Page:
Gertrude Hadley Jeannette, who made history in 1942 as New York City’s first woman to be a licensed taxi driver, was an accomplished actress and director. She performed onstage with Ruby Dee and Ossie Davis at the Schomburg Center’s American Negro Theatre. Realizing Broadway would not cast her in the roles she wanted to perform, Jeannette added playwright to her list of accomplishments. She penned and performed in the autobiographical The Way Forward (1948-50). Some of her other dramatic works included A Bolt from the Blue (1950), and Light in the Cellar (1960). The Gertrude Hadley Jeannette papers consist of material regarding her personal life and her various careers as an actor, writer, director, and the founder of the HADLEY Players. Her collection includes correspondence, playscripts, film scripts, and printed matter (such as reviews, clippings, and interviews) in relation to her performances, writing, teaching, and management of the Hadley Players. Her writings include various drafts, typescripts, and notes, mainly of her playscripts and novel.

The Ann Petry collection consists of nearly 40 boxes that cover the professional, social, and personal life of the author who lived in Harlem for a decade, and helped make its avenues famous. The papers, photographs, and unpublished manuscripts offer an in-depth look at Petry (1908-1997), who shied away from the public spotlight after the 1946 publication of her debut novel The Street. Petry made history when the book went on to sell a million copies making her the first Black woman to achieve this feat. After her success as a novelist, Petry moved into children’s books with the 1949 publication of Drugstore Cat, helping to jumpstart the tradition Black-authored children’s and young-adult books, which she continued with Harriet Tubman: Conductor of the Underground Railroad (1955) and Tituba of Salem Village (1964). The Ann Petry collection includes Petry’s unpublished writings, including two incomplete drafts of the novels Checkup and The Wayfarer, as well as poetry. In the nearly 80 journals covering nearly as many years, the author tested out novel material, including recorded anecdotes, overheard dialogue, and character notes. These journals and her extensive correspondence make up an unwritten memoir, addressing key moments as far back as her childhood; her Harlem decade from 1938-1947, seemingly lost when Petry succeeded in destroying most of those journals, is in fact recorded throughout the journals of the 1970s to the 1990s.

Together, these significant archives represent the pinnacle of Black excellence, with a particular focus on Black women. The collections also connect with other prominent recent holdings, from the James Baldwin archive to the Malcolm X papers, to the Schomburg Center’s longstanding archives such as the Lorraine Hansberry and Julian Mayfield papers. All of these “Home to Harlem” works have already been exhibited and featured in recent programs, with items from Angelou and Ossie Davis and Ruby Dee slated for the upcoming Traveling While Black exhibition, opening in March 2020. This exhibition, the first show as the Schomburg Center celebrates its 95th anniversary, explores over a century of travel—moving from the Great Migration of African Americans at the start of the twentieth century to the restrictions and resistances of travel in the Jim Crow South and in apartheid South Africa, from those who found themselves exiles within their own country down to the pilgrims and pleasure seekers of our time.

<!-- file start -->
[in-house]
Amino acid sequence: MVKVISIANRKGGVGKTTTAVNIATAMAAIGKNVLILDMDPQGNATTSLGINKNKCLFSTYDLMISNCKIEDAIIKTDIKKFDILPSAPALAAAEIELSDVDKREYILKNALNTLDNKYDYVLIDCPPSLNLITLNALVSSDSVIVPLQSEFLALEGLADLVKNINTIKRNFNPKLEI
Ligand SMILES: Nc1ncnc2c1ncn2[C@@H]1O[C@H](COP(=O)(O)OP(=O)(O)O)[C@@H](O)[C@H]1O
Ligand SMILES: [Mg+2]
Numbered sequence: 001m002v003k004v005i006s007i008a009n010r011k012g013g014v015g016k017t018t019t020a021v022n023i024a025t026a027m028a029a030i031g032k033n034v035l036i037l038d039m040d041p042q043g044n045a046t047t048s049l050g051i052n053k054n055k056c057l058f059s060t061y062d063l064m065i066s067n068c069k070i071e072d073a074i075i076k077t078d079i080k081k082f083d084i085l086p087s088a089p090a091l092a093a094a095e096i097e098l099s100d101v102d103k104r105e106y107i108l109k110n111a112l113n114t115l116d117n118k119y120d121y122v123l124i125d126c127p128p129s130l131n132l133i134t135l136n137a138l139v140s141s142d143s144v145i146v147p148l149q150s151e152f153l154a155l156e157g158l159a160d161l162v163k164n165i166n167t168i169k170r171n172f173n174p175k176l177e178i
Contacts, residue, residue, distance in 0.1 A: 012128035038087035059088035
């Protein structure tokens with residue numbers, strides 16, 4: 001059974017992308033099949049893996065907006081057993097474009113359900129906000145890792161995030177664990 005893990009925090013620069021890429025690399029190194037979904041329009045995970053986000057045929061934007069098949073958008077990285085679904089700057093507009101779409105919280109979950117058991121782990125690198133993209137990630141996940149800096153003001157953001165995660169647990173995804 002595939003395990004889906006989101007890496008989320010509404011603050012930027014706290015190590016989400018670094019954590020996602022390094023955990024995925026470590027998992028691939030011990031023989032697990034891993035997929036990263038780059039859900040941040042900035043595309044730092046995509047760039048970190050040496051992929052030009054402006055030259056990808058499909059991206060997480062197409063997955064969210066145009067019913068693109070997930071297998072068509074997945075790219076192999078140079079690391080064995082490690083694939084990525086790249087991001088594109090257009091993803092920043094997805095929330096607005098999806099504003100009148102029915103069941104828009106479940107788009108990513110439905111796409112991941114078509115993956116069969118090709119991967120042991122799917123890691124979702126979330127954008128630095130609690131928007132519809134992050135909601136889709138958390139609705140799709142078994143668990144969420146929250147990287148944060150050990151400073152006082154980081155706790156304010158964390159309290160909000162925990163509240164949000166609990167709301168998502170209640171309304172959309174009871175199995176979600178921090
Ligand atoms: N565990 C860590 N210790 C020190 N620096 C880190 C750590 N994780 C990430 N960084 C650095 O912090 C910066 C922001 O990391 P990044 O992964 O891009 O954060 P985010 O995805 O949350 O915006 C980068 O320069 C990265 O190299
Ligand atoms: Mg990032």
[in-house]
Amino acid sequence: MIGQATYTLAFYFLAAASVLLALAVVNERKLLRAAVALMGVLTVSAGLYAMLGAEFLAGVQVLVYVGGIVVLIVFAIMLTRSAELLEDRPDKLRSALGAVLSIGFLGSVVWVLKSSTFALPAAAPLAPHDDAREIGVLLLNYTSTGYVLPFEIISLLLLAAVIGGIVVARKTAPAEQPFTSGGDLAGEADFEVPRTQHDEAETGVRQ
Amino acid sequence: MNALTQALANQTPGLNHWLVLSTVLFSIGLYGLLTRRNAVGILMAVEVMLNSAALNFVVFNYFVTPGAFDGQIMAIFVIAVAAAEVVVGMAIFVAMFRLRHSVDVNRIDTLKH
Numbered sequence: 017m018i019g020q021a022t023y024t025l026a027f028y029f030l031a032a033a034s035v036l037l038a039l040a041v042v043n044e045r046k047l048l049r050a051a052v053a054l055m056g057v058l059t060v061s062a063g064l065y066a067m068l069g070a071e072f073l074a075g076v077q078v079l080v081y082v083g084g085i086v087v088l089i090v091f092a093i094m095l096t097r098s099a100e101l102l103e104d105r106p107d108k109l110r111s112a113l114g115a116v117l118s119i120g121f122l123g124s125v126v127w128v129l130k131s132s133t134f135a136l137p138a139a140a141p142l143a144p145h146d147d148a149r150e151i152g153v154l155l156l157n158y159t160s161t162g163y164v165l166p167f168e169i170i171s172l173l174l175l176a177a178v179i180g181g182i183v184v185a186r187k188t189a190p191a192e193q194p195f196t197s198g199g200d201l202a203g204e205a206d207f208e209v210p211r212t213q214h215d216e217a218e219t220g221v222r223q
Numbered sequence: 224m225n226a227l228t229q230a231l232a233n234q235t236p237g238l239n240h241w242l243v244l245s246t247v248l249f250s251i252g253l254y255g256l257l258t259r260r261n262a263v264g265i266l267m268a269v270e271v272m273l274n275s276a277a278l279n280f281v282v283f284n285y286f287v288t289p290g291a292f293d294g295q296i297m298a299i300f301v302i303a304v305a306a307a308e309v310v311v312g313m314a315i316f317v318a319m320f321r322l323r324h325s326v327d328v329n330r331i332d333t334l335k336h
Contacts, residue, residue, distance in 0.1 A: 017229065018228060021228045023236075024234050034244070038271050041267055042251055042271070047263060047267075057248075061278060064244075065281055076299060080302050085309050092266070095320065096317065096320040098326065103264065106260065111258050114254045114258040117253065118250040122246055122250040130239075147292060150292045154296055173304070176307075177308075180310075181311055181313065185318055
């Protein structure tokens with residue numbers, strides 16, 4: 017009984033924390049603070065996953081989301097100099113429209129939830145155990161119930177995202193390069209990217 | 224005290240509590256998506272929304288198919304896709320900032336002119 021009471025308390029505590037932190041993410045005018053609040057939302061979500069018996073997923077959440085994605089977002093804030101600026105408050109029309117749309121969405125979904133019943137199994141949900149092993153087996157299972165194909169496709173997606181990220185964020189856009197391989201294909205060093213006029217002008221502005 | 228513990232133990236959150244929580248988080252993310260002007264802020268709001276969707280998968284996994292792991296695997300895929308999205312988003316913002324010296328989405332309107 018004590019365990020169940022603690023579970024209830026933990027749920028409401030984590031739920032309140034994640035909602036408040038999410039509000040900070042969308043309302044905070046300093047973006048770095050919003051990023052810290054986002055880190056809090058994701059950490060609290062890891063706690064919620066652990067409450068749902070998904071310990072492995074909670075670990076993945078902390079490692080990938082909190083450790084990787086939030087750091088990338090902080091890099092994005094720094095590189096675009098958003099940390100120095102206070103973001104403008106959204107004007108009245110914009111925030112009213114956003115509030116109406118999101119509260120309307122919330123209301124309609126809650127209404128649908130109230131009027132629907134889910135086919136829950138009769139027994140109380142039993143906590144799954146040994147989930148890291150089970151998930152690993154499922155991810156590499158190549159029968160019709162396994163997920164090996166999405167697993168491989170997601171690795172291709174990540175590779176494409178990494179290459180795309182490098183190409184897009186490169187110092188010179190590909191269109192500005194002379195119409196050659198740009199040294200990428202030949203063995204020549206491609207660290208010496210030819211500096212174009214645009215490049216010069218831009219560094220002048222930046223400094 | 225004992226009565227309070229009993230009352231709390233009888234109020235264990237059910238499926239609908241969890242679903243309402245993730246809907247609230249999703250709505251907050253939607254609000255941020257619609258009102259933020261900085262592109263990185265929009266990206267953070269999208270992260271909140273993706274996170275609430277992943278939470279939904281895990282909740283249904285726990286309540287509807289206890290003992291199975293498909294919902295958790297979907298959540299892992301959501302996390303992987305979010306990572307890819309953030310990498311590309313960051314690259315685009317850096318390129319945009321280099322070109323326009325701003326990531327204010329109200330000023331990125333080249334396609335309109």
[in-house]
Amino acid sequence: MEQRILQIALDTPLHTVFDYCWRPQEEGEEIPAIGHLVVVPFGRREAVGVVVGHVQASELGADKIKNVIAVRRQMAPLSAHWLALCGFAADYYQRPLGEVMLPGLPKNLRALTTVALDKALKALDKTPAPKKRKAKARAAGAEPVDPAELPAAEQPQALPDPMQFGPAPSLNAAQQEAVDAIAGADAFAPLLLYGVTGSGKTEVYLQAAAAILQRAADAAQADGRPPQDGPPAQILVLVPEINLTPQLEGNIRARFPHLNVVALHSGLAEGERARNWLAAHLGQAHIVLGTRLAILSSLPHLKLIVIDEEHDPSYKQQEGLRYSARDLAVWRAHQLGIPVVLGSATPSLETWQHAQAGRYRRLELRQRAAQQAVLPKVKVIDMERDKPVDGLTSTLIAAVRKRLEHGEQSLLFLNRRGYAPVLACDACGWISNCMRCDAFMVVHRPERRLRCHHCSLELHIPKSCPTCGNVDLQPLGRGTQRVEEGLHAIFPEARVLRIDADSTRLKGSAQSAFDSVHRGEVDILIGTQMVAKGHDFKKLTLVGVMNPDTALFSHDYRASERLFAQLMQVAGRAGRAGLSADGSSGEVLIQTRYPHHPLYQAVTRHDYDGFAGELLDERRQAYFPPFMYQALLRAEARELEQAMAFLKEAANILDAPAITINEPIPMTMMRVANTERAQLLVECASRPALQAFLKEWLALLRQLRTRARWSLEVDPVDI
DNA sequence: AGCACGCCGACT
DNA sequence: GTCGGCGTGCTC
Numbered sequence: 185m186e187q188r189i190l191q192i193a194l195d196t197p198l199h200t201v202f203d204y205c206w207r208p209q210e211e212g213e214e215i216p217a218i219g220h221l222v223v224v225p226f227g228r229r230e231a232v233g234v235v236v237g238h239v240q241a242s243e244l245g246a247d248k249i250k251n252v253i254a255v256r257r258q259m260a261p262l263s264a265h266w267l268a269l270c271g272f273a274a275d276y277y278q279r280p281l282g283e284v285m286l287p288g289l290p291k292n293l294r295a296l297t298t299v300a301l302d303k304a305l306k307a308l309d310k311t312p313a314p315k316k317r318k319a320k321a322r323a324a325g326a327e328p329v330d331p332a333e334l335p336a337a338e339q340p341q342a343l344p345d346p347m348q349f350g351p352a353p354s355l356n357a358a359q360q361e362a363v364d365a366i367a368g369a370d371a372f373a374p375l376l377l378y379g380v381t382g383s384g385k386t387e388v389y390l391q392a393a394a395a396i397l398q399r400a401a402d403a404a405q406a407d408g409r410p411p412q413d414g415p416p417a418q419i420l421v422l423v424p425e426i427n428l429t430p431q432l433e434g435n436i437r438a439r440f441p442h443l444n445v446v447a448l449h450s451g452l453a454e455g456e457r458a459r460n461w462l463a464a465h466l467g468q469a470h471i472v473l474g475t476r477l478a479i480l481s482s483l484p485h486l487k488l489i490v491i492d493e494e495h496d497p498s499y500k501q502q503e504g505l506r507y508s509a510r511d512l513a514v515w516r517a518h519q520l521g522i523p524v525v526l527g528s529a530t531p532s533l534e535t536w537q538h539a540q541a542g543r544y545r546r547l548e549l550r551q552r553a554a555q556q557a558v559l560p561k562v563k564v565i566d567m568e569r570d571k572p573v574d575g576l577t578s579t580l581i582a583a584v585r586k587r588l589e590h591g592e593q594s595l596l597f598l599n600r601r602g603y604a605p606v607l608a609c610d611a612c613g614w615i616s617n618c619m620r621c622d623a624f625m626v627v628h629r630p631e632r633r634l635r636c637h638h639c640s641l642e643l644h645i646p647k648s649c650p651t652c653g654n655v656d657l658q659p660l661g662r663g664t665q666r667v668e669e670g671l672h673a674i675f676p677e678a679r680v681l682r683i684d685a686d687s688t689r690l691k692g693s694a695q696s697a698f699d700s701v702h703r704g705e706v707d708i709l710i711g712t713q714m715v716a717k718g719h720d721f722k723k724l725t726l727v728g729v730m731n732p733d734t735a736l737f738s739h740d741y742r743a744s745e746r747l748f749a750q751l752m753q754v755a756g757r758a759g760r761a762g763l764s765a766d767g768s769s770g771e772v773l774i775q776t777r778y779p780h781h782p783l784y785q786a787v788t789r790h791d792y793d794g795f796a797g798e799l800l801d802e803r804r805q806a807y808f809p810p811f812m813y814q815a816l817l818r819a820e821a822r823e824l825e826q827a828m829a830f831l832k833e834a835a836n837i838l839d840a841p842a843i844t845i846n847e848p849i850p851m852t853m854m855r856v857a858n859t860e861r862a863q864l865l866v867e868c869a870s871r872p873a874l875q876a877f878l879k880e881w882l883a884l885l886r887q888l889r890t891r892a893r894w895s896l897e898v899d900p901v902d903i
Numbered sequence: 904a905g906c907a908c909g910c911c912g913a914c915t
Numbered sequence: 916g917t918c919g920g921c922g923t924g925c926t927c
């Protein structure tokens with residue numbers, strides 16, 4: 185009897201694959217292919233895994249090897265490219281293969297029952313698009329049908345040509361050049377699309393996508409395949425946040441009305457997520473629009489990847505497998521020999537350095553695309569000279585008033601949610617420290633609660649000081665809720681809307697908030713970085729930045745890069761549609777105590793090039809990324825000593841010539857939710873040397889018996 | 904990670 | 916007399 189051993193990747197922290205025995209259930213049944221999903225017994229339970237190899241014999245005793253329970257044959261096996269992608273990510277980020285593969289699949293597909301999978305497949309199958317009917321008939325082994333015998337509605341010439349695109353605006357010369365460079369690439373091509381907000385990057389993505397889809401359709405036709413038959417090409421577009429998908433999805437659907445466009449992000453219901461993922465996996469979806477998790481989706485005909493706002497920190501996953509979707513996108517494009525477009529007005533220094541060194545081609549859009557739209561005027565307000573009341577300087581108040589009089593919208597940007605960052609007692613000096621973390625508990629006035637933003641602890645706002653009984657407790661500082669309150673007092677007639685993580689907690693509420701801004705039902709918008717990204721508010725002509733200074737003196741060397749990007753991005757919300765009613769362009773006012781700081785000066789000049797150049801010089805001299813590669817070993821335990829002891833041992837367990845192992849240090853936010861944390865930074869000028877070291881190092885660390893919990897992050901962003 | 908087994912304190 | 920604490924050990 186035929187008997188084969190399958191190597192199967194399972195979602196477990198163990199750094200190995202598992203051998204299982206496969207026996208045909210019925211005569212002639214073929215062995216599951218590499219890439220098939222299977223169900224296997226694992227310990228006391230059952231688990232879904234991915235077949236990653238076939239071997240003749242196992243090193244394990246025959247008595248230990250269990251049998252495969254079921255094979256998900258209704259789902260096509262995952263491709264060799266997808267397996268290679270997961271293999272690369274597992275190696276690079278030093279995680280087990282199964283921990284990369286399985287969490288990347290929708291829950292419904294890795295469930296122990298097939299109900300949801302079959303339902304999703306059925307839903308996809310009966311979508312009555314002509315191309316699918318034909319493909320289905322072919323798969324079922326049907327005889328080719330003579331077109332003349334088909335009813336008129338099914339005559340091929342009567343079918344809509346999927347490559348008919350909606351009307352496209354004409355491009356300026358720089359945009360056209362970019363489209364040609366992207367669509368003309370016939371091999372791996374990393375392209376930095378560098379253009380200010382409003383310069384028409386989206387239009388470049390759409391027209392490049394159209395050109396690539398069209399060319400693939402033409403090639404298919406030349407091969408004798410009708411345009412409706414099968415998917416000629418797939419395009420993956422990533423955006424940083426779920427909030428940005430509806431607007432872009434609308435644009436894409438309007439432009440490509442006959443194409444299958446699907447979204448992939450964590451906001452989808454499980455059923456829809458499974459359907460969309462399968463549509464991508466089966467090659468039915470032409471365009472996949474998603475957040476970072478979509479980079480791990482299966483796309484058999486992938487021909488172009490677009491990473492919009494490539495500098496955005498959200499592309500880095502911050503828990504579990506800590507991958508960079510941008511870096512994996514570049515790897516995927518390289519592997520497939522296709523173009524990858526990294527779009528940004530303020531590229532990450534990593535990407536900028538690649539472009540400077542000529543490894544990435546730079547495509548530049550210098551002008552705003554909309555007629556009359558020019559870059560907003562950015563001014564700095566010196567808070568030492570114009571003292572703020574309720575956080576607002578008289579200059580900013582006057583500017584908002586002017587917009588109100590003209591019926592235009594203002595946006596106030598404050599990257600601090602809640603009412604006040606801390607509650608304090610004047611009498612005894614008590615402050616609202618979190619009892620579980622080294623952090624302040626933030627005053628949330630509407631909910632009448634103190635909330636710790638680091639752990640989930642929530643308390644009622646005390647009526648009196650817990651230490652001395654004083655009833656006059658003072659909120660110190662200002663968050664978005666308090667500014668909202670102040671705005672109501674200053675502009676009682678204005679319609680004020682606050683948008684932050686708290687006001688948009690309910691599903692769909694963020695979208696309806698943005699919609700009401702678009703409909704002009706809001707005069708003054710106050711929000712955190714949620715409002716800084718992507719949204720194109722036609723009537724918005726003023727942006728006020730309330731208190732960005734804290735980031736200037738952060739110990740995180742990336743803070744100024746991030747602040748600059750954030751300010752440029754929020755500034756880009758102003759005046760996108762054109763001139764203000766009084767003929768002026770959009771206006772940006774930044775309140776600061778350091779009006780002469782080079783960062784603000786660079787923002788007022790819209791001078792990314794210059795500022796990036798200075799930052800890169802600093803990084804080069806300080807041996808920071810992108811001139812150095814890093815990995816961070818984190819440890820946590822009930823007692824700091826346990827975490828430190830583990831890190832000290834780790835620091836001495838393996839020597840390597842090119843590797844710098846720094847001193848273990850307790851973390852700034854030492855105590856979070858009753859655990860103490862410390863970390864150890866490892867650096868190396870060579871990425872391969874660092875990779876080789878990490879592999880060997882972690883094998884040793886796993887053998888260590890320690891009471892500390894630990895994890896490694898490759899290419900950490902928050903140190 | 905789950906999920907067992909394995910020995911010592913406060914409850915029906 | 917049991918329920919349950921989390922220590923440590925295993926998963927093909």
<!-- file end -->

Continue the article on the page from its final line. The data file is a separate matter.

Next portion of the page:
“Home to Harlem” names an ongoing Schomburg Center initiative that courses across exhibitions, collections, programming, recent grants, and processing priorities, and has helped inform recent and future acquisitions of several significant Harlem-based archives. These recent additions include the complete archive of James Baldwin and “saxophone colossus” Sonny Rollins; the archive of married actors and activists Ruby Dee and Ossie Davis; important papers of Ann Petry and of filmmaker Oscar Micheaux; and the dynamic “archive of the future” of hip hop pioneer Fred “Fab 5 Freddy” Brathwaite. Many of these have been featured prominently in The New York Times, appearing twice on the front page, including the acquisition of the manuscript of The Autobiography of Malcolm X with edits by Alex Haley and Malcolm X himself, as well as a crucial “lost” chapter of the leader’s masterpiece.

Founded in 1925 and named a National Historic Landmark in 2017, the Schomburg Center for Research in Black Culture is the world’s leading cultural institution devoted to the preservation, research, interpretation, and exhibition of materials focused on African American, African Diaspora, and African experiences. As a research division of The New York Public Library, the Schomburg Center features diverse programming and collections totaling over 11 million items that illuminate the richness of global Black history, arts, and culture. Learn more at schomburgcenter.org.

Photo credit: Ossie Davis and Ruby Dee in the stage production Purlie Victorious in 1961.